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Modern Problems, Part 2

Thanks to their flexibility, RABS lines found favor in the mid-1990s with contract development and manufacturing organizations (CDMO) like Vetter.

This is part two of a two-part piece. Part one can be found here.

What Is RABS?

RABS lines make a lot of sense in light of the ever-growing need for efficiency. Companies with no RABS experience can still rely on proven technology. Thanks to their flexibility, RABS lines found favor in the mid-1990s with contract development and manufacturing organizations (CDMO) like Vetter. Official agencies started demanding a more precise definition, however. The FDA commissioned a study group made up of industry experts to make a determination. The group included representatives from the FDA, Bosch Packaging Technologies, Pfizer, GSK and Vetter. In 2005, it published its definition within the framework of the ISPE. A RABS line had to include the following:

  1. A barrier to prevent human intervention directly into the critical zone
  2. Air flow for an ISO 5 environment at least in the critical zone
  3. Glove ports and transfer ports used for interventions
  4. High-level disinfection = sporicidal disinfection
  5. Highly automated processes and proper procedures for rare open-door interventions

The aim of RABS is to combine the high aseptic safety of an isolator with the flexibility of a conventional cleanroom. The definition shows that RABS solutions go beyond merely encasing the production lines. As the illustration of the passive RABS shows, a barrier keeps the production line isolated from the environment. Air flows downward around the machine. It blows through orifices from the ISO 5 area underneath the barrier into the ISO 7 area. From there it is redirected, filtered and steered back into the air circulation system. As with the isolator, intervening with the machine is only done using installed gloves.

How to Run a RABS Cleanroom Successfully

A dividing wall separating the operator and the aseptic production area does not suffice. Four main points are necessary to use a RABS line flexibly and safely and make it a best-practice.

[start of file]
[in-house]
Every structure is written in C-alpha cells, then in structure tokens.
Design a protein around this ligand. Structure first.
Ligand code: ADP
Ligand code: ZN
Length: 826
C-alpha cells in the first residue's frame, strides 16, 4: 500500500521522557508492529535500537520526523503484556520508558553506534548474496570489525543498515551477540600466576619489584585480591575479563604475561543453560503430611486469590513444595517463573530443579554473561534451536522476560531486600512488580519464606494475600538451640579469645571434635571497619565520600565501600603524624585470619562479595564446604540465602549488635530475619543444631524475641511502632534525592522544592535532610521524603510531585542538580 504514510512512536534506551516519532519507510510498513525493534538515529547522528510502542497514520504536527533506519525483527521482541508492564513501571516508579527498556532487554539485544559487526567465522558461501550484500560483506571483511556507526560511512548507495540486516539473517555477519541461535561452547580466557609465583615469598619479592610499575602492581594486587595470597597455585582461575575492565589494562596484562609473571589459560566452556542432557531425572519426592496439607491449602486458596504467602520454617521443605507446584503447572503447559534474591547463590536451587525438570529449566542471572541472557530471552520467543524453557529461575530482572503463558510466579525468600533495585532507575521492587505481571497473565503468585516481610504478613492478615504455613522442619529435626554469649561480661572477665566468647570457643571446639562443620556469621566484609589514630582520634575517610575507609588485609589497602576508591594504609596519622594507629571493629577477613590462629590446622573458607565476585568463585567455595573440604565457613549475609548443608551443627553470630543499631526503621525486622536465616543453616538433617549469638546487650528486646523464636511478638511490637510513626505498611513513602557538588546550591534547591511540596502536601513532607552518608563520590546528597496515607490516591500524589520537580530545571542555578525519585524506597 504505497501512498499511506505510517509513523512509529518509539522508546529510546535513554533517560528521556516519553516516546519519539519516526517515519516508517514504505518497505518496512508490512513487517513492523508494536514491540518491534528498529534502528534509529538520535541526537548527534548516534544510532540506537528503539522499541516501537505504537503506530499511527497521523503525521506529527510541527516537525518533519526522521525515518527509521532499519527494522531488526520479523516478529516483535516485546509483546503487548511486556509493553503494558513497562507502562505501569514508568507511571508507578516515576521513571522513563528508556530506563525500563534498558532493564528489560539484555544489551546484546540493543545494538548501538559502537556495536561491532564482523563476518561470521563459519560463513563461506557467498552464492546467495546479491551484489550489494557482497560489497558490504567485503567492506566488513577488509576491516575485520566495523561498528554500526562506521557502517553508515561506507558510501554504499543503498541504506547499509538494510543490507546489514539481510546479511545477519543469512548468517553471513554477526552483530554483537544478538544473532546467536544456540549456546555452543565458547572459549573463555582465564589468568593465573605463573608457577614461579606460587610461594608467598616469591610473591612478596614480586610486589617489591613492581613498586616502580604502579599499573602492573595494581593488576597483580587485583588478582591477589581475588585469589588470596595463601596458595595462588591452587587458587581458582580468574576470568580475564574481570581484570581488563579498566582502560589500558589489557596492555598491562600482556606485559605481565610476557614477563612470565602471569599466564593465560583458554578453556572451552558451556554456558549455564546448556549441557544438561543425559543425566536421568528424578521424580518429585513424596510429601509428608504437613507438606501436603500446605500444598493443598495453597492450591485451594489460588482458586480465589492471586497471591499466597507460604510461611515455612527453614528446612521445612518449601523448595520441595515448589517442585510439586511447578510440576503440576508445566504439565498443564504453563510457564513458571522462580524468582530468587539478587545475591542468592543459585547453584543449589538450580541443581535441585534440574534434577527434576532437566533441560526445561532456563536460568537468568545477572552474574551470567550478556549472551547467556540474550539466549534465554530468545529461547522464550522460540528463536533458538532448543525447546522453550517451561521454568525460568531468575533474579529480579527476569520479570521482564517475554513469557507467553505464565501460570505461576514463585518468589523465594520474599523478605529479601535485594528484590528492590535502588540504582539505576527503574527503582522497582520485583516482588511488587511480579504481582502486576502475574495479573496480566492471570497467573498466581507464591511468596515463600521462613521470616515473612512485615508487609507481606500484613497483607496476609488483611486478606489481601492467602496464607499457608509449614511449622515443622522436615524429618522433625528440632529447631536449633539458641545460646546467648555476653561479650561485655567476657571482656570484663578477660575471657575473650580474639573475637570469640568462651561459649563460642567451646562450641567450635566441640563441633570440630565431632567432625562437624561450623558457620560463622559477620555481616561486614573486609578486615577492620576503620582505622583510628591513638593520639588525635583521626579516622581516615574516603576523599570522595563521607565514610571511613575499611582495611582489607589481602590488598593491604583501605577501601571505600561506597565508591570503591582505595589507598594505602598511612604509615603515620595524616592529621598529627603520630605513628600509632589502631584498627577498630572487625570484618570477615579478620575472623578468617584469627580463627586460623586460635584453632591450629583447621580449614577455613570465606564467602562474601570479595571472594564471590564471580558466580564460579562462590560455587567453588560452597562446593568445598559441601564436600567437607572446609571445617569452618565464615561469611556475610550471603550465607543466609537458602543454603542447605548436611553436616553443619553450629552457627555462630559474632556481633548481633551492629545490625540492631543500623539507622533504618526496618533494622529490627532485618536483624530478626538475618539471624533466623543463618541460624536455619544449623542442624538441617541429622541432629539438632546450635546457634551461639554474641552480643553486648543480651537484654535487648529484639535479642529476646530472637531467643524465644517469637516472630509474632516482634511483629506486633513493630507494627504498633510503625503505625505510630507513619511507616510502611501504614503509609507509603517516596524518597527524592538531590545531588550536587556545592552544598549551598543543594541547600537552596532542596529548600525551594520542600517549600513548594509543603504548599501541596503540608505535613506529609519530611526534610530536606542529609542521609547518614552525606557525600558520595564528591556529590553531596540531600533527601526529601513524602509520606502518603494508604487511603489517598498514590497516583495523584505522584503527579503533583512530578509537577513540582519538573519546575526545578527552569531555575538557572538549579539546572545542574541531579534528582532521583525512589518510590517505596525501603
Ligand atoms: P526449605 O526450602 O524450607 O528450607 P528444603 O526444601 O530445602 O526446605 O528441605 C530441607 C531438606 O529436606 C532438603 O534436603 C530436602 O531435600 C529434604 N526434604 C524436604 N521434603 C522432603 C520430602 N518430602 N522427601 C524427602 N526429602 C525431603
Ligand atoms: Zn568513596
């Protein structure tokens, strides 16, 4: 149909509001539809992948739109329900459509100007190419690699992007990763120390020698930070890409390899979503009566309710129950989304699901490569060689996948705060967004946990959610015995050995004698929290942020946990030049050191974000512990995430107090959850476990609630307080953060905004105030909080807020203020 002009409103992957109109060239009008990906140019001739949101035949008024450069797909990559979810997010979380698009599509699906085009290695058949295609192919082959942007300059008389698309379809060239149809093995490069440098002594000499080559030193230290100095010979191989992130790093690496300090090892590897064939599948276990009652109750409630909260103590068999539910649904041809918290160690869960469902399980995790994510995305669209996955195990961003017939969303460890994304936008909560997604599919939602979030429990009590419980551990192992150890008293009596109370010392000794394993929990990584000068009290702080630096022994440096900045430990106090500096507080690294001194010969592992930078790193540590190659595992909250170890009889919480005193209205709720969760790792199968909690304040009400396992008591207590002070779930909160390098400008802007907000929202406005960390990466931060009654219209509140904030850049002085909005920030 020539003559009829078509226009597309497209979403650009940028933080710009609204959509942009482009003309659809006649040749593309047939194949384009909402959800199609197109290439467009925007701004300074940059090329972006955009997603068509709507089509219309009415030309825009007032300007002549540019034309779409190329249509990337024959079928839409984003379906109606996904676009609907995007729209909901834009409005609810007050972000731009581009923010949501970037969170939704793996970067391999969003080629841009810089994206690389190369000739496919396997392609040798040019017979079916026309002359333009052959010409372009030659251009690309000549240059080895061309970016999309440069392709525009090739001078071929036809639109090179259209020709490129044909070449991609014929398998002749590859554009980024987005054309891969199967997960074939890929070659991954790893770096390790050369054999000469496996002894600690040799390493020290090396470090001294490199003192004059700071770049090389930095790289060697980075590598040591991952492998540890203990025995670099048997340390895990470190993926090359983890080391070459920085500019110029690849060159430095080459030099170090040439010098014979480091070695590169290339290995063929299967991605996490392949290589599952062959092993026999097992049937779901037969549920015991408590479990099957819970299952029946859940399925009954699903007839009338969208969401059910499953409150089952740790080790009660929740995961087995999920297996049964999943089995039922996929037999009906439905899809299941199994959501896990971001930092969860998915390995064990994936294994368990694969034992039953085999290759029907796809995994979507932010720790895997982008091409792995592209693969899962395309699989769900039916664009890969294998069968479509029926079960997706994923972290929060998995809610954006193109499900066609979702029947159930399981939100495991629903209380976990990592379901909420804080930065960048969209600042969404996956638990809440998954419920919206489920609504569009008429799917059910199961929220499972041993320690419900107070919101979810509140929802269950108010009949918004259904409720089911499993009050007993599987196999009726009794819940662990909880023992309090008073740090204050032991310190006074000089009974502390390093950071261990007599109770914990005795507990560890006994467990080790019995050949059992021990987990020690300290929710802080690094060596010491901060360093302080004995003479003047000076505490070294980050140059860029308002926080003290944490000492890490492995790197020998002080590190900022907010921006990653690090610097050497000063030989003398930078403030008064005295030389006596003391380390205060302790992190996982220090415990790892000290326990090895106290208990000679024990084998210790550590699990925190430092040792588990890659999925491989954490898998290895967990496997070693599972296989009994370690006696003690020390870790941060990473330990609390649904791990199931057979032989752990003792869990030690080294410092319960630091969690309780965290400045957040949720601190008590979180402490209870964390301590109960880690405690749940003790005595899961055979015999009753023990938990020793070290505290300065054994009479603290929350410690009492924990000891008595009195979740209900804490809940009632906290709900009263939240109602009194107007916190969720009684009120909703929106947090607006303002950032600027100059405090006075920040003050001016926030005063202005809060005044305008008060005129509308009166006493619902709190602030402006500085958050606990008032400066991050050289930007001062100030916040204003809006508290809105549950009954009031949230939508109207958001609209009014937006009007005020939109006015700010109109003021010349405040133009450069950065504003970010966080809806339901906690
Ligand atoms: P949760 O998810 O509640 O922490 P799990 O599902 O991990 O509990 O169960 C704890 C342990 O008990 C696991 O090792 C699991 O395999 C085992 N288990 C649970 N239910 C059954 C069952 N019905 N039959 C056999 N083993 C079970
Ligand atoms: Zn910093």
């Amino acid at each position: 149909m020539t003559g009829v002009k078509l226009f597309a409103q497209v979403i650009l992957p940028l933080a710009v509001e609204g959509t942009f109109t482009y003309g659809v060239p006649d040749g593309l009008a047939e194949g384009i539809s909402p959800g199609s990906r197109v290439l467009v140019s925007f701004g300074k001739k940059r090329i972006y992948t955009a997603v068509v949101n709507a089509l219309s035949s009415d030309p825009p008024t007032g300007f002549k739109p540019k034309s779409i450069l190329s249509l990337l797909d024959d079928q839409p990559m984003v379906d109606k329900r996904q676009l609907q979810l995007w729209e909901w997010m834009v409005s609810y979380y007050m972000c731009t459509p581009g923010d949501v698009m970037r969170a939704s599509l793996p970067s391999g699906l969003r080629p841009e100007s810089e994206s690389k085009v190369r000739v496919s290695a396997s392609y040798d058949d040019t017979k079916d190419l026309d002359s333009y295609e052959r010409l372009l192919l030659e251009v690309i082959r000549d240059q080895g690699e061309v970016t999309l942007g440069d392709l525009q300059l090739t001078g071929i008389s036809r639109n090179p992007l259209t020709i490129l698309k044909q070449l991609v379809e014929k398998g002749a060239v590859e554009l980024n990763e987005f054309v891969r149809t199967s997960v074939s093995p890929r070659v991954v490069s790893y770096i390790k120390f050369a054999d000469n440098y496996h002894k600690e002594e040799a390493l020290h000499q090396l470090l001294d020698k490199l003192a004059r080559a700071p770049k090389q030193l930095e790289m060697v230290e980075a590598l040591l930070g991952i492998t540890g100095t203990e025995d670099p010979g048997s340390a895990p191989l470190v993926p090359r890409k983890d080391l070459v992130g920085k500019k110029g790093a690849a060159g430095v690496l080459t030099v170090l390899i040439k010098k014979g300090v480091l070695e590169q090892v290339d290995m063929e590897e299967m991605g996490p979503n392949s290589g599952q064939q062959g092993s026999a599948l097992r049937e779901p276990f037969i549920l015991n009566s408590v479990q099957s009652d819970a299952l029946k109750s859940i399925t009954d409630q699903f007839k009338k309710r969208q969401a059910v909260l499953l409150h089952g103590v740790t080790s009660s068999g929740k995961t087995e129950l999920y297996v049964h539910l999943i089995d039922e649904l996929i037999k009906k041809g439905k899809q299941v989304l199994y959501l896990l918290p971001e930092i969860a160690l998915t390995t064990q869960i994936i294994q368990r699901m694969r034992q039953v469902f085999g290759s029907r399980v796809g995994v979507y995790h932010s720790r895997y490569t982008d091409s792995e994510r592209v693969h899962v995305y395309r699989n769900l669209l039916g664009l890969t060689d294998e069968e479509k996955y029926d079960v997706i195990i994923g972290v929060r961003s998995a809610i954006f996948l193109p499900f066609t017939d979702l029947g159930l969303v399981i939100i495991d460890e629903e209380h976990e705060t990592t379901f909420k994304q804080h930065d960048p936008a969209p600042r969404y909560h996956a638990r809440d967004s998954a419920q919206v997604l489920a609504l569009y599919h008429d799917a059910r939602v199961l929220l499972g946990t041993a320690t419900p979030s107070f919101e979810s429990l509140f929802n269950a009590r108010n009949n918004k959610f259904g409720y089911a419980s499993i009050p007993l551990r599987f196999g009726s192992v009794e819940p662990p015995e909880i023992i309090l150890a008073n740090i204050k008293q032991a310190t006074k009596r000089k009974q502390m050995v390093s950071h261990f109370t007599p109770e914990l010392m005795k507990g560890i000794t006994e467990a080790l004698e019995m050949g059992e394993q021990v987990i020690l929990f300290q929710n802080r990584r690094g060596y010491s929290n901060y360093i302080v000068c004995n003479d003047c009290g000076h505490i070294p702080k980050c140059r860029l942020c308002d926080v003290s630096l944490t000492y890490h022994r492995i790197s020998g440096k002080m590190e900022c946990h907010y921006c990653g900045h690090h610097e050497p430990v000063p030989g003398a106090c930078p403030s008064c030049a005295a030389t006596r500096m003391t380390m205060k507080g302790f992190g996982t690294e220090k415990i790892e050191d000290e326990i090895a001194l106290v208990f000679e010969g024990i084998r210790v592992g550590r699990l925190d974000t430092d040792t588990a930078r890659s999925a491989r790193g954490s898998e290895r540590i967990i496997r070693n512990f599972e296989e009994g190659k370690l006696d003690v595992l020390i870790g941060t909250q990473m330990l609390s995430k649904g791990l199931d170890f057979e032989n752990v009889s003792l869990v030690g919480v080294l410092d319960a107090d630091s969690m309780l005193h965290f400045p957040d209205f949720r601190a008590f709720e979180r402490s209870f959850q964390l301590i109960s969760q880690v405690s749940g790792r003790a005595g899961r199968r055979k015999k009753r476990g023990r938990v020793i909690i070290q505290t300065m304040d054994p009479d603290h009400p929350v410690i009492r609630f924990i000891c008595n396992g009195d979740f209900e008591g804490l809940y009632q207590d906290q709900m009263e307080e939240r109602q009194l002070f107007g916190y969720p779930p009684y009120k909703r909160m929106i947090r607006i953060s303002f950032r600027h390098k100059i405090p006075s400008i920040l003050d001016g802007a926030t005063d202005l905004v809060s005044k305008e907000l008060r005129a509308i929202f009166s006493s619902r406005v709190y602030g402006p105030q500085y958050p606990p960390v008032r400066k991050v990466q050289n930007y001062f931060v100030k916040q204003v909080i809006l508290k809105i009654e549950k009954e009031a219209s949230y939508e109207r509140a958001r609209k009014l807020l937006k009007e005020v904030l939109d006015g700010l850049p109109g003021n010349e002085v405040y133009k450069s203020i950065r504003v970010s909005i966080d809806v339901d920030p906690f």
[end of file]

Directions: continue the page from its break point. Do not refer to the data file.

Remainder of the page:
1. During operations, the barriers may not be opened. This applies to the line set-up stage as well. All machine parts and formats have to be installed with the barrier closed and using the gloves. Lifting the separation can lead to contamination. The filling would then have to be interrupted and a complete cleaning and line clearance carried out. The filling can then proceed as a separate batch only.

2. After filling, disinfection with a sporocide must be carried out. Once the manufacturing and monitoring of the microbiological environment has been completed, the barriers are opened for cleaning. This is followed by a high-level disinfection, for example using a peroxide suspension, which generates oxygen radicals and thus avoids build-up of resistance.

3. Gloves have to be tested for integrity and sterilized. After production is finished, the gloves are removed and tested for integrity for example using a pressure decay test. This allows one to spot the tiniest holes. If the gloves are airtight, they can be cleaned, sterilized and mounted back into the gloveports.

4. Using aseptic transfer systems for zone transisition. Materials and formats are only carried into the ISO 5 area using aseptic transfer systems: All parts and raw materials (e.g. syringes and stoppers) are sterilized in steam or dry heat and doubly packed. Prior to being transferred to the ISO 5 area, the outer packaging is sprayed with an alcoholic agent. They are then transferred to the ISO 5 area through a lock, and the outer packaging is removed. All following steps are performed using the gloves. Packaging materials are also put into sterilizable bags and placed in Steriset-containers. These boxes are also sprayed down prior to introduction. When they are opened inside the barrier, their content is exposed to ISO 5 only.


RABS separates production staff physically from the
manufacturing processes. During operations, the barrier
may not be open and all interventions take place using
the gloves.
Source: Vetter Pharma International GmbH

Successful Handling

Complying with these instructions can produce a high level of aseptic safety. For example, in the past 8 years, about 3 million units have been filled at one of the Vetter RABS lines with zero contaminated units. The result is the aseptic safety of an isolator but with high flexibility. Therefore RABS lines are able to serve as an effective response to current and future challenges in aseptic manufacturing.

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